By now we’re all aware of last week’s school shooting in Nashville.  On the 86th day of this year, we had our 130th mass shooting.  That’s one and a half mass shootings every day . . . so far this year.  After the unspeakable tragedy in Uvalde last year, I confessed to you that I was on the verge of losing my faith.   Because of the heart-breaking despair, and knowing that nobody is going to do a damn thing to change any of this.  We’re all just trapped in a blood-soaked version of the movie “Groundhog Day.”  And every day’s the same.

After every horrible mass shooting, we hear the same things from the same people.  In one ear, we hear “thoughts and prayers,” and in the other ear, we hear “ban assault weapons now.”  And nothing changes, no matter who gets killed.  No one talks about the dead kids or the grieving parents.  It’s all just talking points to win elections and raise more money.

Except sometimes there’s an extra talking point.  A new angle to exploit.  And in Nashville it was a trans person who pulled the trigger.  And right on cue, some people are taking this as an opportunity to further malign trans people, who are already in real danger and under real assault.  Last week’s firebombing of a church in Chesterland, Ohio for hosting a drag brunch shows just how much danger.

And you can see how blaming Nashville on the trans community is similar to what happens to the Jews in our gospel reading.  The problem isn’t Roman oppression and brutality; it’s the Jews. The problem isn’t the absurd amount of guns; it’s the trans people.  The problem is the other.  This GROUP of people is the problem.  If they didn’t exist, none of this would have happened.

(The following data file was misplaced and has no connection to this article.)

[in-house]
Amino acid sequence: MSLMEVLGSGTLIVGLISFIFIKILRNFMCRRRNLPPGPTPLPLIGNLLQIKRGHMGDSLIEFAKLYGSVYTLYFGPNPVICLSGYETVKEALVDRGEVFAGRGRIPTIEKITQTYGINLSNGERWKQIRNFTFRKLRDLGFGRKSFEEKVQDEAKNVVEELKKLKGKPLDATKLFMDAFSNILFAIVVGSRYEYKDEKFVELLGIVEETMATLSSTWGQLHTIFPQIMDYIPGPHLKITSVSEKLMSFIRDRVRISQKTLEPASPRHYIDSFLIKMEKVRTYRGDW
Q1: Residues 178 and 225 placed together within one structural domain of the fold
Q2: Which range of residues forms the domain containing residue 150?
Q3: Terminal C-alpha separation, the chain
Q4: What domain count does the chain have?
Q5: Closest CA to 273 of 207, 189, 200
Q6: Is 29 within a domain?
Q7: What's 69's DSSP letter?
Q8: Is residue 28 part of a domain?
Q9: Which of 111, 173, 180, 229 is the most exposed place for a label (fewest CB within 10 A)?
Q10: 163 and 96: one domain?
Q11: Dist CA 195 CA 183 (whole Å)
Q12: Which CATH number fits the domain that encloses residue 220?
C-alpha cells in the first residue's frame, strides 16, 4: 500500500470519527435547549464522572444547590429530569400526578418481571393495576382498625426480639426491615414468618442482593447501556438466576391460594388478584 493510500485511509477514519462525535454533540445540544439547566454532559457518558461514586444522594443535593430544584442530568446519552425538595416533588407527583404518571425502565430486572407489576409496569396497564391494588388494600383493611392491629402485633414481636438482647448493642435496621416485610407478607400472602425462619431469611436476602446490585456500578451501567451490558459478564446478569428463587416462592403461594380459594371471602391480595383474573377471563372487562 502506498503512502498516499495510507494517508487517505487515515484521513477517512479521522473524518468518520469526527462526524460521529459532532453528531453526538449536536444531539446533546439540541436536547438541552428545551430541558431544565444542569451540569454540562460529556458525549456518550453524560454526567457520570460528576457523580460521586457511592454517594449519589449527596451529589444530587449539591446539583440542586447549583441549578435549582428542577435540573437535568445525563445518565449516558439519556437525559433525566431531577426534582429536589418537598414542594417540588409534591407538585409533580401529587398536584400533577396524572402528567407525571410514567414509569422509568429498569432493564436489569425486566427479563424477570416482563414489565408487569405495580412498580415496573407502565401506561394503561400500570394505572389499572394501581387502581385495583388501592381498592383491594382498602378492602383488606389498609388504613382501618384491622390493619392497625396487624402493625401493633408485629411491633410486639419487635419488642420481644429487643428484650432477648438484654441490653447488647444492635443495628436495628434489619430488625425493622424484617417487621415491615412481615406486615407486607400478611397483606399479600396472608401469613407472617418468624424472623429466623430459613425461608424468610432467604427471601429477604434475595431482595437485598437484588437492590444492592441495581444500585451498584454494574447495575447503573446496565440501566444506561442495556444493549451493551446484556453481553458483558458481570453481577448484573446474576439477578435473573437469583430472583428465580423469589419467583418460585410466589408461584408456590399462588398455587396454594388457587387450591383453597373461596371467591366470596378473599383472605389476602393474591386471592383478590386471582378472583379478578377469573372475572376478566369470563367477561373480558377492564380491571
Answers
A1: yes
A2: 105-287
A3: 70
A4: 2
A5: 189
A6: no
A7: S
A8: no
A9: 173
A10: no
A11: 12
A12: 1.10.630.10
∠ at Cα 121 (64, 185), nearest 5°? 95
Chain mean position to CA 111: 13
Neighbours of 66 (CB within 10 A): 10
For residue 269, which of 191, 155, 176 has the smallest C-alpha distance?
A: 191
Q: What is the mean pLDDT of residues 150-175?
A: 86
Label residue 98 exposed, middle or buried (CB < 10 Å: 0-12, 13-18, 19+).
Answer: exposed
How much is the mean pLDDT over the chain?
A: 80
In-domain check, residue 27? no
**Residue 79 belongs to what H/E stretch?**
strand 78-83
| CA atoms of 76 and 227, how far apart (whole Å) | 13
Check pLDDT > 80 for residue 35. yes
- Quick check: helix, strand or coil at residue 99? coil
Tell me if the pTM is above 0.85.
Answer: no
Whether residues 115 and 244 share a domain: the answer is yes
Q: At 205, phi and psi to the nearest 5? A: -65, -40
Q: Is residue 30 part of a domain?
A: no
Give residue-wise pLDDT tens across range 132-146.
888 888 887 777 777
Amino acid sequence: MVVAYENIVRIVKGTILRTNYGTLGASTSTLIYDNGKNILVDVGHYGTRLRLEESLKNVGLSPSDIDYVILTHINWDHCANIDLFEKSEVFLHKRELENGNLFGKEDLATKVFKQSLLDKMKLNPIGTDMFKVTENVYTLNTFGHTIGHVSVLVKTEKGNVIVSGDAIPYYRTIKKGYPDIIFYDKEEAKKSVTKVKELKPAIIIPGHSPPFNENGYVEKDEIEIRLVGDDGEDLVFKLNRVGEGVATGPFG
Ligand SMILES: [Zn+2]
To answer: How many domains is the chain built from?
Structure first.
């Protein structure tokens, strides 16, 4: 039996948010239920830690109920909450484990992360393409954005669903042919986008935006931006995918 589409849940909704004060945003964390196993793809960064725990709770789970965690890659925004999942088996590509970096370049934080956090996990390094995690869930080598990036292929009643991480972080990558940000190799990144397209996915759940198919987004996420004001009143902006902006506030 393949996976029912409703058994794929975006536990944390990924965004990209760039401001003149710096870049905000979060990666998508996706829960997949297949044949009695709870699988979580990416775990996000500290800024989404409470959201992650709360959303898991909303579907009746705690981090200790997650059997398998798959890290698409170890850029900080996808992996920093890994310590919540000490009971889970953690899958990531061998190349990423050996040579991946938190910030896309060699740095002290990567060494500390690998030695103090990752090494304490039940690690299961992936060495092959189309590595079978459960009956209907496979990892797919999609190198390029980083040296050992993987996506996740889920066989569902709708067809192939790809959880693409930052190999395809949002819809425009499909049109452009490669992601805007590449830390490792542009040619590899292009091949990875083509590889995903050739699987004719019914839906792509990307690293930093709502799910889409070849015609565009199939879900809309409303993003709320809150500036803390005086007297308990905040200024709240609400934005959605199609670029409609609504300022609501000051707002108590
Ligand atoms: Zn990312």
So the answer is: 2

The death of Jesus isn’t political; but it is.  The death of school kids in Nashville isn’t political; but it is.  Because once again, we’re not talking about the dead.  We’re busy blaming someone else for the death.  If it’s someone else’s fault, then maybe it’s not my fault.  If this group did it, then maybe I’m off the hook, personally.  How much am I passing that on to others to absolve myself?  How much am I saying nothing can be done because it’s not my immediate problem?  Who killed Jesus?  Who killed those kids?  Who killed anyone since the beginning of time?  If every person is made in the image of God, who is killing God?  On some very important level, it was I, Lord.  I crucified thee.

We must be careful who we blame for the death of Jesus. 

Who was the guilty?  Who brought this upon thee?
Alas, my treason, Jesus, hath undone thee.
’Twas I, Lord Jesus, I it was denied thee: I crucified thee.

Until we can own up to our part in the death of Jesus, and the ongoing deaths of children gunned down in their classrooms, until we can see that blaming some group of already-oppressed people is not the answer, then nothing is going to change.  Every person is made in the image of God; we promise to seek and serve Christ in all persons, because Christ is in all persons.  We are still killing Jesus and we are still blaming it on the outcasts.  We are killing and ostracizing beloved children of God.  Same as it ever was.

And what is God’s response?  God sees the worst in us.  And God has experienced—firsthand—the worst in us.  No group, no person, no imagined “whatever” is worse than us.  And despite all that . . . maybe because of all that . . . God does not give up on us.  As we journey through Holy Week together, we will hear again the story of how we—all of us—put Jesus in the grave.  Lifeless and dead.  End of story.

But it is not the end of the story.  Not for Jesus, and not for us.  Things can get better.  Thing must get better.  And, with God’s help, things will get better.


No comments:

Post a Comment